Talena wants to be distributed database data management rock
Second app-aware deduper for distributed databases
Analysis Talena was founded in 2013 to develop data management software for Big Data and non-relational database applications. Its data management software provides backup, recovery, test data management and archiving capabilities for Cassandra, Couchbase, Hadoop, and Vertica. The company claims its software integrates machine learning with unique storage optimisation technology to dramatically reduce the costs associated with backup, recovery, and other data management functions across NoSQL, Hadoop, and modern data warehouse products.
It features ActiveRx predictive analytics, which includes a machine-learning component, FastFind metadata catalogue and single pane of glass management, data-aware deduplication and compression, a scale-out architecture and user-defined policies for backup, recovery, mirroring, and archiving workflows. Masking algorithms can prevent sensitive data exposure.
The global, data-aware, variable-length deduplication engine identifies the data that is to be deduplicated. It may be stored in many formats, such as compressed files (e.g. GZ, Snappy, LZO, and so on) or application-specific structures (e.g. RCFile, Parquet and ORC for Hive and Impala or SSTable for Cassandra). Once deduplicated and compressed, the output is saved on to the Talena file system and erasure coded to increase its durability.
Talena's* software architecture involves a loosely coupled core, deep insight into each supported (Big Data application) product, and platform-specific data movers that utilise each of the vendor-supplied APIs. This design makes it straightforward, Talena says, to integrate new Big Data products.
Its software is priced as an annual subscription, based on the amount of unique data managed. Chief marketeer Sanjay Sarathy says: "For example, if you have 90TB across three production replicas we charge on the basis of the 30 unique TB that we are backing up, archiving, etc.”
The four founders were:
- Nitin Donde – CEO and ex-Aster, EMC and Kazeon
- Srinivas Vadlamani – Chief Architect and ex-Couchbase and Aster
- Hari Mankude – CTO and ex-Hortonworks
- Shalesh Parulekar – Director India Operations (head of engineering) and ex-Marvell and Atempo
There was a $12 million A-round of funding in 2015 led by Onset Ventures with participation from Canaan Partners, Intel Capital and Wipro. The four-man board is formed by Nitin Donde, Mark Davis (CEO of now-closed ClusterHQ), Deepak Kamra, a general partner at Canaan, and Shomit Ghose, a partner at ONSET Ventures.
With regard to Datos IO
Talena has 25 customers so far, 15 more than nearest competitor Datos IO. How does Talena's product and technology differ from that of Datos IO? Sarathy gave us seven points of difference:
- Data source support – The only overlap at this point is Cassandra/DataStax Enterprise. Beyond that, we support Hadoop, Couchbase and Vertica, and Datos IO supports MongoDB.
- We focus on a broader range of use cases: backup/recovery, test data management, and archiving.
- We've incorporated data masking**, sampling and filtering into our workflow engine around test data management.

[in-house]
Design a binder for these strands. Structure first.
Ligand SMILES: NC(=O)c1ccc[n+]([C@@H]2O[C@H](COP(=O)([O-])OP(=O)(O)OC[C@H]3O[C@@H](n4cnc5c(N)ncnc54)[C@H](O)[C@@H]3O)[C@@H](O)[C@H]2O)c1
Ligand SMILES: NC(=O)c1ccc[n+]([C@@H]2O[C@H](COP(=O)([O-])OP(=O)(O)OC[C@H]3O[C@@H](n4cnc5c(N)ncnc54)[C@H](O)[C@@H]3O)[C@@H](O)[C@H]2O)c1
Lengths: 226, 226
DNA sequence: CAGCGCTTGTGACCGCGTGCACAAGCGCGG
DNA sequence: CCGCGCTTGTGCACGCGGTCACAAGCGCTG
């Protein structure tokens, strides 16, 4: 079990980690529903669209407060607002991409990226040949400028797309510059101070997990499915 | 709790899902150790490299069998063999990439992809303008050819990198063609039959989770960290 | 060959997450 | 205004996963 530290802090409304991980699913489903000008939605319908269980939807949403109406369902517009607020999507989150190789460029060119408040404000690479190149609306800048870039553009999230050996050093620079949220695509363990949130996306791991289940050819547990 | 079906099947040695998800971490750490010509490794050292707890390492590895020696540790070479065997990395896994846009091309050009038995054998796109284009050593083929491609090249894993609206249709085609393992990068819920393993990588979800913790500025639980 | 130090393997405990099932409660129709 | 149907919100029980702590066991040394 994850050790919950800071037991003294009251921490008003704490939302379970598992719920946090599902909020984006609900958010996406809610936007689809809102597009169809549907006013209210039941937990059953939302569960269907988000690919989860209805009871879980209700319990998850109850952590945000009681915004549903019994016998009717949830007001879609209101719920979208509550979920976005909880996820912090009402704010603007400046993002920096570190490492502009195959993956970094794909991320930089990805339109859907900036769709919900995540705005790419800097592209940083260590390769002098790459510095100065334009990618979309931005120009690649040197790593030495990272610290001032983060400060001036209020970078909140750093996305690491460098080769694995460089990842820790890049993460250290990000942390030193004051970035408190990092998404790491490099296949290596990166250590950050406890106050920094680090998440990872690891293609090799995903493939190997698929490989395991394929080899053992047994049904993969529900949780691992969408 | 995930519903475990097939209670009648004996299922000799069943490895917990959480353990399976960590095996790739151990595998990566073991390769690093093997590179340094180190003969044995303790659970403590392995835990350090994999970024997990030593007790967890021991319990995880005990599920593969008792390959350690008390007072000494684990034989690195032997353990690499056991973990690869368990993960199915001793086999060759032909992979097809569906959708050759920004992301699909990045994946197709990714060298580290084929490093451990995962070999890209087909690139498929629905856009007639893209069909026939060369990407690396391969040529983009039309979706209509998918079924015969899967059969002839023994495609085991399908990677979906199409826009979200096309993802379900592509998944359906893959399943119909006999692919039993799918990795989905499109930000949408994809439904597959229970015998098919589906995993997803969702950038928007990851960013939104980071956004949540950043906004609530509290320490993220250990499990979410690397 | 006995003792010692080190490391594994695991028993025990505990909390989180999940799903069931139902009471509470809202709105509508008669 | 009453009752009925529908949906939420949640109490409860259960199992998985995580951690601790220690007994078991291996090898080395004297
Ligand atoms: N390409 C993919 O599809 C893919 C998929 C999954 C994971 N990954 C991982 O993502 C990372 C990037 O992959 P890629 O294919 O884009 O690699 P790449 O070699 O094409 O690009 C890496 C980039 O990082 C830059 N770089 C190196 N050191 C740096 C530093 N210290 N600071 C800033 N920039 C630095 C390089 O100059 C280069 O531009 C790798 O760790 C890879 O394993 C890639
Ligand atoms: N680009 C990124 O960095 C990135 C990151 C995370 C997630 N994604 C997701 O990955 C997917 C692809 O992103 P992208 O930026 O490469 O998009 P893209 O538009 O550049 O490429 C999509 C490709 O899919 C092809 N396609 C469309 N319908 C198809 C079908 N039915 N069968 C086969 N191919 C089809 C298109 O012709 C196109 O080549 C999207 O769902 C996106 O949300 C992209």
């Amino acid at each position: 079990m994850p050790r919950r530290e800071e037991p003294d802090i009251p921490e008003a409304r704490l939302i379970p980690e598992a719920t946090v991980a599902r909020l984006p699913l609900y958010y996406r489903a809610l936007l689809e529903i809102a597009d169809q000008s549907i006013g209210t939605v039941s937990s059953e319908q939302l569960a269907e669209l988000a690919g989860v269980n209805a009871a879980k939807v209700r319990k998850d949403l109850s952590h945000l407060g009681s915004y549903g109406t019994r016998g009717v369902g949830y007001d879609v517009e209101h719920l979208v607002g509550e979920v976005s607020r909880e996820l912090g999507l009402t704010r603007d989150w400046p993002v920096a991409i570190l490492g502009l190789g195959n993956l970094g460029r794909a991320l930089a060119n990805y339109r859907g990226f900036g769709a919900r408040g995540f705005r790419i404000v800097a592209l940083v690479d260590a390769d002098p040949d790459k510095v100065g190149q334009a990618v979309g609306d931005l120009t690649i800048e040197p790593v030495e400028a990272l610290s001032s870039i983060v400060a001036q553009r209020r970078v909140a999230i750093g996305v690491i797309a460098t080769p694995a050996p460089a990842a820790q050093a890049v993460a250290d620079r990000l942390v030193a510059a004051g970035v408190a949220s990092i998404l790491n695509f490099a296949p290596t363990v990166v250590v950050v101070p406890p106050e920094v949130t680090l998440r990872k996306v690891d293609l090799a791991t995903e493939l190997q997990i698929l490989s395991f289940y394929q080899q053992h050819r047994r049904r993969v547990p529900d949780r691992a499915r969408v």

- We've incorporated machine learning and the ability to turn your passive backup data asset into an active compute cluster (ActiveRX).
- Our architecture allows us to scale to as many nodes as your production needs require – our understanding is that Datos only provides a one or three-node configuration.
- Our understanding is that Datos requires a separate NFS server for the storage component while Talena integrates compute and storage and is storage-agnostic – supporting direct-attached, SAN or NAS environments. We both support cloud-based storage.
- Both companies have content-aware/semantic deduplication, but we've added the additional layers of compression and erasure coding on top of it.
Talena marketing coverage slide
He says there are three main directions on Talena's roadmap. First it will expanding the data platforms it supports. There will be continued investment in their machine learning algorithms to support more use cases, and the third thread is about deepening the compliance story by, for example, adding extra capabilities to its data-masking capability.
Like Datos IO, Talena relies on a detailed awareness of the data workflows and treatment inside the distributed applications it supports. It is inherently not a generalised distributed database/application backup company.
Could existing incumbent backup suppliers extend their data coverage to include distributed, NoSQL-type databases, meaning Commvault, Veeam, Veritas, etc? Yes, obviously, assuming they can understand the data structures and use the app's facilities, such as snapshots. Whether they can scale out like Talena is another matter.
Commvault already backs up MongoDB databases, and Hadoop. Veeam supports MongoDB as does Veritas Backup Exec. But Talena would say that script-level support is not enough and, possibly, that its application-aware deduplication is better than incumbent backup products' technology.
This comparison could rapidly head towards feature tick-list hell, your mileage may vary considerations and other complexities. Best to have comparison bake-offs using your data on your site.
Check out a PDF white paper describing Talena's software technology here. ®
* Talena is apparently an ancient Celtic expression meaning "the rock".
** Datos IO provides data masking as well.